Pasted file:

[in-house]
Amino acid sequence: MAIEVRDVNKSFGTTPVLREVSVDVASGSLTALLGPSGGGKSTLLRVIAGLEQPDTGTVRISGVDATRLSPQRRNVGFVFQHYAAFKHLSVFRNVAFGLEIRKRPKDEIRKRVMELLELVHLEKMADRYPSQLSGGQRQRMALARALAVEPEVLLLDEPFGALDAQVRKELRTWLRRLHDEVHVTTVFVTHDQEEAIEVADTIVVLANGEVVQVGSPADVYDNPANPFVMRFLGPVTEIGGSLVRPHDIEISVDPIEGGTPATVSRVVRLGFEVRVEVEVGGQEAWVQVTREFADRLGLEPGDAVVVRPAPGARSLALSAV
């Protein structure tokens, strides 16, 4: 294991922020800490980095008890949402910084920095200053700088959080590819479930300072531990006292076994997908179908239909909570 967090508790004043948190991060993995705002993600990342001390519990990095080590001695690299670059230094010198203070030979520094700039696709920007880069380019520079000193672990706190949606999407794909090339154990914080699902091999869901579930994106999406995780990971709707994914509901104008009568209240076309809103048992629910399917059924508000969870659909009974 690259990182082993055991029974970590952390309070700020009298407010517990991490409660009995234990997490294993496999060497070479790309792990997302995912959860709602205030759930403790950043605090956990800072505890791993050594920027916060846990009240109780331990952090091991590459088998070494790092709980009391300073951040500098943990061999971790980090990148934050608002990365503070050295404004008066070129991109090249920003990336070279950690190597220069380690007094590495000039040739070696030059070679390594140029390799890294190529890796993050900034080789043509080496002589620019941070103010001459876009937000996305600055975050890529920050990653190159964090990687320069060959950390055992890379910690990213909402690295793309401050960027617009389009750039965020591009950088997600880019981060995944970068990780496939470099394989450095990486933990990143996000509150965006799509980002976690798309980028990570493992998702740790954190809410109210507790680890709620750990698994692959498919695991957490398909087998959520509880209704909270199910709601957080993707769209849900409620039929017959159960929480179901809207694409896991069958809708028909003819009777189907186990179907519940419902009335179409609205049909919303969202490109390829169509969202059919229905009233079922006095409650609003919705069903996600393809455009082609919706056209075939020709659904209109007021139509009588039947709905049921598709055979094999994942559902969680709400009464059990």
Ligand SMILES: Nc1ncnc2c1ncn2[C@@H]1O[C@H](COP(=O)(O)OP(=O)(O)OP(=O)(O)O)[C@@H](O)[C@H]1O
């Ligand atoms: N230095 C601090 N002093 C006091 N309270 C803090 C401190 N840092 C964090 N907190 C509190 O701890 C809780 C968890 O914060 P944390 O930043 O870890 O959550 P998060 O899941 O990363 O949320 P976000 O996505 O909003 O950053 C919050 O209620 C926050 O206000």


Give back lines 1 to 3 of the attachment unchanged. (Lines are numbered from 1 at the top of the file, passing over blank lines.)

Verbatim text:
[in-house]
Amino acid sequence: MAIEVRDVNKSFGTTPVLREVSVDVASGSLTALLGPSGGGKSTLLRVIAGLEQPDTGTVRISGVDATRLSPQRRNVGFVFQHYAAFKHLSVFRNVAFGLEIRKRPKDEIRKRVMELLELVHLEKMADRYPSQLSGGQRQRMALARALAVEPEVLLLDEPFGALDAQVRKELRTWLRRLHDEVHVTTVFVTHDQEEAIEVADTIVVLANGEVVQVGSPADVYDNPANPFVMRFLGPVTEIGGSLVRPHDIEISVDPIEGGTPATVSRVVRLGFEVRVEVEVGGQEAWVQVTREFADRLGLEPGDAVVVRPAPGARSLALSAV
């Protein structure tokens, strides 16, 4: 294991922020800490980095008890949402910084920095200053700088959080590819479930300072531990006292076994997908179908239909909570 967090508790004043948190991060993995705002993600990342001390519990990095080590001695690299670059230094010198203070030979520094700039696709920007880069380019520079000193672990706190949606999407794909090339154990914080699902091999869901579930994106999406995780990971709707994914509901104008009568209240076309809103048992629910399917059924508000969870659909009974 690259990182082993055991029974970590952390309070700020009298407010517990991490409660009995234990997490294993496999060497070479790309792990997302995912959860709602205030759930403790950043605090956990800072505890791993050594920027916060846990009240109780331990952090091991590459088998070494790092709980009391300073951040500098943990061999971790980090990148934050608002990365503070050295404004008066070129991109090249920003990336070279950690190597220069380690007094590495000039040739070696030059070679390594140029390799890294190529890796993050900034080789043509080496002589620019941070103010001459876009937000996305600055975050890529920050990653190159964090990687320069060959950390055992890379910690990213909402690295793309401050960027617009389009750039965020591009950088997600880019981060995944970068990780496939470099394989450095990486933990990143996000509150965006799509980002976690798309980028990570493992998702740790954190809410109210507790680890709620750990698994692959498919695991957490398909087998959520509880209704909270199910709601957080993707769209849900409620039929017959159960929480179901809207694409896991069958809708028909003819009777189907186990179907519940419902009335179409609205049909919303969202490109390829169509969202059919229905009233079922006095409650609003919705069903996600393809455009082609919706056209075939020709659904209109007021139509009588039947709905049921598709055979094999994942559902969680709400009464059990």